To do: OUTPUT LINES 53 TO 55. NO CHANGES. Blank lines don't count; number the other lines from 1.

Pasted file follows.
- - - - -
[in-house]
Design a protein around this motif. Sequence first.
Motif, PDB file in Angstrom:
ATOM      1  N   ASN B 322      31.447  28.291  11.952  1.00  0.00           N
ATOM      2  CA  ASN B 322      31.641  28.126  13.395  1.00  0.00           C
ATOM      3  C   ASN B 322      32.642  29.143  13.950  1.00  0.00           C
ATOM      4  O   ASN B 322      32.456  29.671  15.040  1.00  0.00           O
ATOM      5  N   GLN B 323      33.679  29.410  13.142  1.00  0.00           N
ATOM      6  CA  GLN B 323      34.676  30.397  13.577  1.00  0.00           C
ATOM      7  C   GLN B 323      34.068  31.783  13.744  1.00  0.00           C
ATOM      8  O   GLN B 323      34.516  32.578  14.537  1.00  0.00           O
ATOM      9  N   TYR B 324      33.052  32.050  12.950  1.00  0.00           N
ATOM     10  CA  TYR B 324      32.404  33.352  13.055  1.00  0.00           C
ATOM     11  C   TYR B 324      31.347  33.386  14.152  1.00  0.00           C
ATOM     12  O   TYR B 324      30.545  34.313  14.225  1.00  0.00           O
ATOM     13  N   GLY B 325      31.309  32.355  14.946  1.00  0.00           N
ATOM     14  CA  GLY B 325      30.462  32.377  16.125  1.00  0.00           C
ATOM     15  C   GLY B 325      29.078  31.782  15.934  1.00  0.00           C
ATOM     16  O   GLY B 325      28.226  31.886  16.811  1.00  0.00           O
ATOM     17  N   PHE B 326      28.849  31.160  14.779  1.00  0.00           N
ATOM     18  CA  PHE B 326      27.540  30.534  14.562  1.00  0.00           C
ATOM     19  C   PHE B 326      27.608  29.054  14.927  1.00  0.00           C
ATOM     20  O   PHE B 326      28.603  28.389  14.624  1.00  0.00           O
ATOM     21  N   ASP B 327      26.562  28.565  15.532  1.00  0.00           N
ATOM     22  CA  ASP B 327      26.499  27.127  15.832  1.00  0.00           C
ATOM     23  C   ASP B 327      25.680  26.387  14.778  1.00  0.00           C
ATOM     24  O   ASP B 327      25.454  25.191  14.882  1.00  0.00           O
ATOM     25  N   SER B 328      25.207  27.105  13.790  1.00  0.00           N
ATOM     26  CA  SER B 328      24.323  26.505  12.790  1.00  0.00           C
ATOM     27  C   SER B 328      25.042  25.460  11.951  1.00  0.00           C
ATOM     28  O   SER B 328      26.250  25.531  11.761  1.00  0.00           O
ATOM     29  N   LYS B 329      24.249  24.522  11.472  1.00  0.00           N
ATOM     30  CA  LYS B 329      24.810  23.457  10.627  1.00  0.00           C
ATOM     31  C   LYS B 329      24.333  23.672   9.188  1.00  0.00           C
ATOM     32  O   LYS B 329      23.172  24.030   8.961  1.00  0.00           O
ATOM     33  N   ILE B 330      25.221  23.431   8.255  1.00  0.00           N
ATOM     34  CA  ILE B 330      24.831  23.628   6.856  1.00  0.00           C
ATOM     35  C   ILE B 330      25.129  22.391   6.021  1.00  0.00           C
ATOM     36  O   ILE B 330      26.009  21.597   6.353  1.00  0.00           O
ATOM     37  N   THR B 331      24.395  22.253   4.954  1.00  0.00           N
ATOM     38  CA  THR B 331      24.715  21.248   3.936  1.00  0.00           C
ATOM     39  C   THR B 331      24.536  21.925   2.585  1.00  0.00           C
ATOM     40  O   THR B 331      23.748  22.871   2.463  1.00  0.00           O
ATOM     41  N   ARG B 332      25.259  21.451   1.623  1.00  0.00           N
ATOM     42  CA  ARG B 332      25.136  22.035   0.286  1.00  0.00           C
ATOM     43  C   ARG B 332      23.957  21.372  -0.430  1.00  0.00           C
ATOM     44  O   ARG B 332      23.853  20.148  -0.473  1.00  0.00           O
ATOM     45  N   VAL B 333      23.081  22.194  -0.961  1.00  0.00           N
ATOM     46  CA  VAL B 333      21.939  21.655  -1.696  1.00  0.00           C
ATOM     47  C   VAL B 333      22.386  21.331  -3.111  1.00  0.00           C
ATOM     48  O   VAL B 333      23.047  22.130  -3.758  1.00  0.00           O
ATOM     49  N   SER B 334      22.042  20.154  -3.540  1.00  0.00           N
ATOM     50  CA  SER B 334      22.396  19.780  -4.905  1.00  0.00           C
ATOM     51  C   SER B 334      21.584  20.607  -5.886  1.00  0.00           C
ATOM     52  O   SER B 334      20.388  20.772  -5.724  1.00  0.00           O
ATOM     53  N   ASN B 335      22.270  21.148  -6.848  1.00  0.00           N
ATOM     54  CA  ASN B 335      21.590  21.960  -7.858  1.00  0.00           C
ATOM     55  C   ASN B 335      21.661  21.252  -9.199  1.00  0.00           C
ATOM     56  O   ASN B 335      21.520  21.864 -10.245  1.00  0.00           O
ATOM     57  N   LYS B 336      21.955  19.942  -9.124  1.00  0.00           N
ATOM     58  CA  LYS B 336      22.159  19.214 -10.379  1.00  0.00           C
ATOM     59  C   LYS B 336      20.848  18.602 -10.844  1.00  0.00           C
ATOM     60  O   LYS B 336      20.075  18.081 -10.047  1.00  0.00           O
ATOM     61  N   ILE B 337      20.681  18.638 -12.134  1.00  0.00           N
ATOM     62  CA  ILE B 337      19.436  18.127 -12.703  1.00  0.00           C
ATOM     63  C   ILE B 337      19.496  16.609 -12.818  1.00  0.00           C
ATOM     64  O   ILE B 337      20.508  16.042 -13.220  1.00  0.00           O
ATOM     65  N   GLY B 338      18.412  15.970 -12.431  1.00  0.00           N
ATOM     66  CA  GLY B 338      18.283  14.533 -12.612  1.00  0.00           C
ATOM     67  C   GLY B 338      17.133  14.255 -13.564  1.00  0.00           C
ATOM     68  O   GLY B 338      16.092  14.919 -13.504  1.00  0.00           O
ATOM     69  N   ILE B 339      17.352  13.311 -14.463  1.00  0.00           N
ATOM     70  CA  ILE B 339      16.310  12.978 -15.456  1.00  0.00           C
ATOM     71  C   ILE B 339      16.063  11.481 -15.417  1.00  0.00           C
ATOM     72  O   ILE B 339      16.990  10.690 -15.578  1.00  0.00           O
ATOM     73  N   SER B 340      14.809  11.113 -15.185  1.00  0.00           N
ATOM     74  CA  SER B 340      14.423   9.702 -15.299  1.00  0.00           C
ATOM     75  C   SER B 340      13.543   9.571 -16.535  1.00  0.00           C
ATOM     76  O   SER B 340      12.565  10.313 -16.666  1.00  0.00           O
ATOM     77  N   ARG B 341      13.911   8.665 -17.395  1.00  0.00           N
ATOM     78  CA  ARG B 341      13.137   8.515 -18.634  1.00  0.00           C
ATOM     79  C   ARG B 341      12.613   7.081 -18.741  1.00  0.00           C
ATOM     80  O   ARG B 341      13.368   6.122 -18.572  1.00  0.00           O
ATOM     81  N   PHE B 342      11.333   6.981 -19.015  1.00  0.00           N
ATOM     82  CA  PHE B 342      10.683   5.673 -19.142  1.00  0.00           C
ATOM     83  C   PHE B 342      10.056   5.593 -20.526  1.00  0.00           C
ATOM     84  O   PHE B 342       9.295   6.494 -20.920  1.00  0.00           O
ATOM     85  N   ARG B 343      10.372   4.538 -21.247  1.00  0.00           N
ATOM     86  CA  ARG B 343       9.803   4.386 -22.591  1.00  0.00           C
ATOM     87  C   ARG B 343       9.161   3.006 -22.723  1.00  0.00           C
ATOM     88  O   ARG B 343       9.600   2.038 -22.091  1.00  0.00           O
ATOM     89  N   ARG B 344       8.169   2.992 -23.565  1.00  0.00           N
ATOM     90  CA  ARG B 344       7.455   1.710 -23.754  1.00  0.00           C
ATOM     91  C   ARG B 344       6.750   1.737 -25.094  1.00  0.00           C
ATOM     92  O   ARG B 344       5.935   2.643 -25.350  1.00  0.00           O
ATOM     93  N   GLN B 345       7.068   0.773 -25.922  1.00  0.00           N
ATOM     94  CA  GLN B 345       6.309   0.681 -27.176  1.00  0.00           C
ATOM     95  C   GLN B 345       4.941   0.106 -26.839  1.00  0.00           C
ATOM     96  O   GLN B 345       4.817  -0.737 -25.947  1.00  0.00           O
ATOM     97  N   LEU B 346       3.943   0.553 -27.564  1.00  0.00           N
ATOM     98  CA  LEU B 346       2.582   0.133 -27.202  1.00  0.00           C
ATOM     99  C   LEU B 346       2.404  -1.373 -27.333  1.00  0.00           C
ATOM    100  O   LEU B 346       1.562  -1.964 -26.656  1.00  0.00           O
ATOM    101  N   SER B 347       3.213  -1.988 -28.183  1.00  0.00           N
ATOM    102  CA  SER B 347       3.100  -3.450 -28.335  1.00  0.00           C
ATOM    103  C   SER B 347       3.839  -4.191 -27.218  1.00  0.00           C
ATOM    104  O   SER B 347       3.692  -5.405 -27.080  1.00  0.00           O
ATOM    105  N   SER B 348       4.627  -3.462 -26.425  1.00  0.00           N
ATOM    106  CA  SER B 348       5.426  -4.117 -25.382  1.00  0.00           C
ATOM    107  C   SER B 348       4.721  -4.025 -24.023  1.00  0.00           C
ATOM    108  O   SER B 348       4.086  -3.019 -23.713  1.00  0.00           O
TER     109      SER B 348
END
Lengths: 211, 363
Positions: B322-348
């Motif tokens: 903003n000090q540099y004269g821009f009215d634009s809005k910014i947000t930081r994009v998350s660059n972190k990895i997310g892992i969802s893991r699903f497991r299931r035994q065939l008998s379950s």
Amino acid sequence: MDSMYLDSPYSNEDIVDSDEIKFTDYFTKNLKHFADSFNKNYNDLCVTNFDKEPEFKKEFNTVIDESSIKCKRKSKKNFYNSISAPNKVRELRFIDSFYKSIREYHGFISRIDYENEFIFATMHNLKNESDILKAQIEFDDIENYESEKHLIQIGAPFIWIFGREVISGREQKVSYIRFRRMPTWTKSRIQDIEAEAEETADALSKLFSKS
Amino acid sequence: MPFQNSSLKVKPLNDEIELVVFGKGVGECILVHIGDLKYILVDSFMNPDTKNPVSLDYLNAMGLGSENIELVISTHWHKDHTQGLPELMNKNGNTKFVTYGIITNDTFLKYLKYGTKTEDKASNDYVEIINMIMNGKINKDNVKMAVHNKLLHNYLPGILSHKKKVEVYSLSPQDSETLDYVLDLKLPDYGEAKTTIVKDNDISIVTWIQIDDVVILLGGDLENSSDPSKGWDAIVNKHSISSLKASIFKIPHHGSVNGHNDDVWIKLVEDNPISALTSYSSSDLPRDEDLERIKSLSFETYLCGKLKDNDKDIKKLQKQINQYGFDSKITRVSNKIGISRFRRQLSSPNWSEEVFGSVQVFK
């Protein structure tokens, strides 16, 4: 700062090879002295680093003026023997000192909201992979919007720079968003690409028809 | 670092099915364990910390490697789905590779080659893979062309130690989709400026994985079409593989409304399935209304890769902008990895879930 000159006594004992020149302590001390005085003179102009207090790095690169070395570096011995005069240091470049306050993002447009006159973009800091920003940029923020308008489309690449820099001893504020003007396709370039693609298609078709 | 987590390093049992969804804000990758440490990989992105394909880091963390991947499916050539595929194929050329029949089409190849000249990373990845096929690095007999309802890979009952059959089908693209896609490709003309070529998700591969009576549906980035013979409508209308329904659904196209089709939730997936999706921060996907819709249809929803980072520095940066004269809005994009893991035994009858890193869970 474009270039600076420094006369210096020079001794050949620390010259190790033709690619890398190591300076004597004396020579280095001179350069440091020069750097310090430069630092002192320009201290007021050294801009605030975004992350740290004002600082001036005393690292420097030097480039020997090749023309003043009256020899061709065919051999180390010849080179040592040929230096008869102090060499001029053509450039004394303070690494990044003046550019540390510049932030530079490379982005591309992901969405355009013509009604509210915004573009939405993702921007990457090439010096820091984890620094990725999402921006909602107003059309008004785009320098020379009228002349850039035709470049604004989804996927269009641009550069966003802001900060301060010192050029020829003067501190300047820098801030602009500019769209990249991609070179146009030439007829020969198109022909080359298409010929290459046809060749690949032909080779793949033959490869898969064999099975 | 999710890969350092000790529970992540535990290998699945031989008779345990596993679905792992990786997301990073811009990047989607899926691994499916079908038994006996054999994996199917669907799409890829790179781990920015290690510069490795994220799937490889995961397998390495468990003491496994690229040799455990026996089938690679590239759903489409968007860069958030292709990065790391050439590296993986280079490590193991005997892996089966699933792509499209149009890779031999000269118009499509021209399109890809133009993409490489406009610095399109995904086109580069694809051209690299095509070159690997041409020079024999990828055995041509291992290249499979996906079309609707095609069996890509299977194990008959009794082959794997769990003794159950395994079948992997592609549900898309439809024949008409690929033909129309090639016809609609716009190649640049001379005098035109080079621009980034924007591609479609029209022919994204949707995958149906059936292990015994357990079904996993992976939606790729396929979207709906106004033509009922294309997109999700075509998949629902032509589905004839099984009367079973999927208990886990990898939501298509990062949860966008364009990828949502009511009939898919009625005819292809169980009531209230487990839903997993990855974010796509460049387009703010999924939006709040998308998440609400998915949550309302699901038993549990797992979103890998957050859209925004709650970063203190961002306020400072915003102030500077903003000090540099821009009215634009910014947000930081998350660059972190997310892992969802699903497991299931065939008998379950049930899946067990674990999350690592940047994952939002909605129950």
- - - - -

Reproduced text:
ATOM     50  CA  SER B 334      22.396  19.780  -4.905  1.00  0.00           C
ATOM     51  C   SER B 334      21.584  20.607  -5.886  1.00  0.00           C
ATOM     52  O   SER B 334      20.388  20.772  -5.724  1.00  0.00           O